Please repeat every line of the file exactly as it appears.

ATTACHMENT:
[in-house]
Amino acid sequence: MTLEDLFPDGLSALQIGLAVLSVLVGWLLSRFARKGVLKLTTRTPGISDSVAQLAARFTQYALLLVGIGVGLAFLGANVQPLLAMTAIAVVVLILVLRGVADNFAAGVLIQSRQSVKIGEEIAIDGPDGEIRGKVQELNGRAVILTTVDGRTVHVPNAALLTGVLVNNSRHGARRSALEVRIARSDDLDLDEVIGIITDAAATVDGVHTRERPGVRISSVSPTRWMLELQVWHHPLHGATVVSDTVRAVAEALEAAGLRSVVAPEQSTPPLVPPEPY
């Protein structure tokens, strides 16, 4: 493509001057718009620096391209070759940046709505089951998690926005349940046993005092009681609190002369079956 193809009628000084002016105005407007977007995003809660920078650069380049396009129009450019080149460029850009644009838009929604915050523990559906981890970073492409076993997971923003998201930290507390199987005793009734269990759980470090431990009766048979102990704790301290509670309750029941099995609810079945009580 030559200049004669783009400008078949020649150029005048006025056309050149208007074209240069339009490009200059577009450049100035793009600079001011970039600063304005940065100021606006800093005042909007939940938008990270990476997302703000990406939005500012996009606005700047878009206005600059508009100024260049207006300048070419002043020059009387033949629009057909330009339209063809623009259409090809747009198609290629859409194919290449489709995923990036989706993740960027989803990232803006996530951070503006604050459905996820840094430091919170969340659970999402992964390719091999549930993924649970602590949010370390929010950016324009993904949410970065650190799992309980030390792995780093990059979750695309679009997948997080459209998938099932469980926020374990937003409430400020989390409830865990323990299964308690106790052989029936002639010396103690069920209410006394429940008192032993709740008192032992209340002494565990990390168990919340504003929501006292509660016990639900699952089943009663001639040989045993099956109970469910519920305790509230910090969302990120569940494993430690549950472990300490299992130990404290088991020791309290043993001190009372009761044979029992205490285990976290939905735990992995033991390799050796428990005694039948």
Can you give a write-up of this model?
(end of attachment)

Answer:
[in-house]
Amino acid sequence: MTLEDLFPDGLSALQIGLAVLSVLVGWLLSRFARKGVLKLTTRTPGISDSVAQLAARFTQYALLLVGIGVGLAFLGANVQPLLAMTAIAVVVLILVLRGVADNFAAGVLIQSRQSVKIGEEIAIDGPDGEIRGKVQELNGRAVILTTVDGRTVHVPNAALLTGVLVNNSRHGARRSALEVRIARSDDLDLDEVIGIITDAAATVDGVHTRERPGVRISSVSPTRWMLELQVWHHPLHGATVVSDTVRAVAEALEAAGLRSVVAPEQSTPPLVPPEPY
């Protein structure tokens, strides 16, 4: 493509001057718009620096391209070759940046709505089951998690926005349940046993005092009681609190002369079956 193809009628000084002016105005407007977007995003809660920078650069380049396009129009450019080149460029850009644009838009929604915050523990559906981890970073492409076993997971923003998201930290507390199987005793009734269990759980470090431990009766048979102990704790301290509670309750029941099995609810079945009580 030559200049004669783009400008078949020649150029005048006025056309050149208007074209240069339009490009200059577009450049100035793009600079001011970039600063304005940065100021606006800093005042909007939940938008990270990476997302703000990406939005500012996009606005700047878009206005600059508009100024260049207006300048070419002043020059009387033949629009057909330009339209063809623009259409090809747009198609290629859409194919290449489709995923990036989706993740960027989803990232803006996530951070503006604050459905996820840094430091919170969340659970999402992964390719091999549930993924649970602590949010370390929010950016324009993904949410970065650190799992309980030390792995780093990059979750695309679009997948997080459209998938099932469980926020374990937003409430400020989390409830865990323990299964308690106790052989029936002639010396103690069920209410006394429940008192032993709740008192032992209340002494565990990390168990919340504003929501006292509660016990639900699952089943009663001639040989045993099956109970469910519920305790509230910090969302990120569940494993430690549950472990300490299992130990404290088991020791309290043993001190009372009761044979029992205490285990976290939905735990992995033991390799050796428990005694039948």
Can you give a write-up of this model?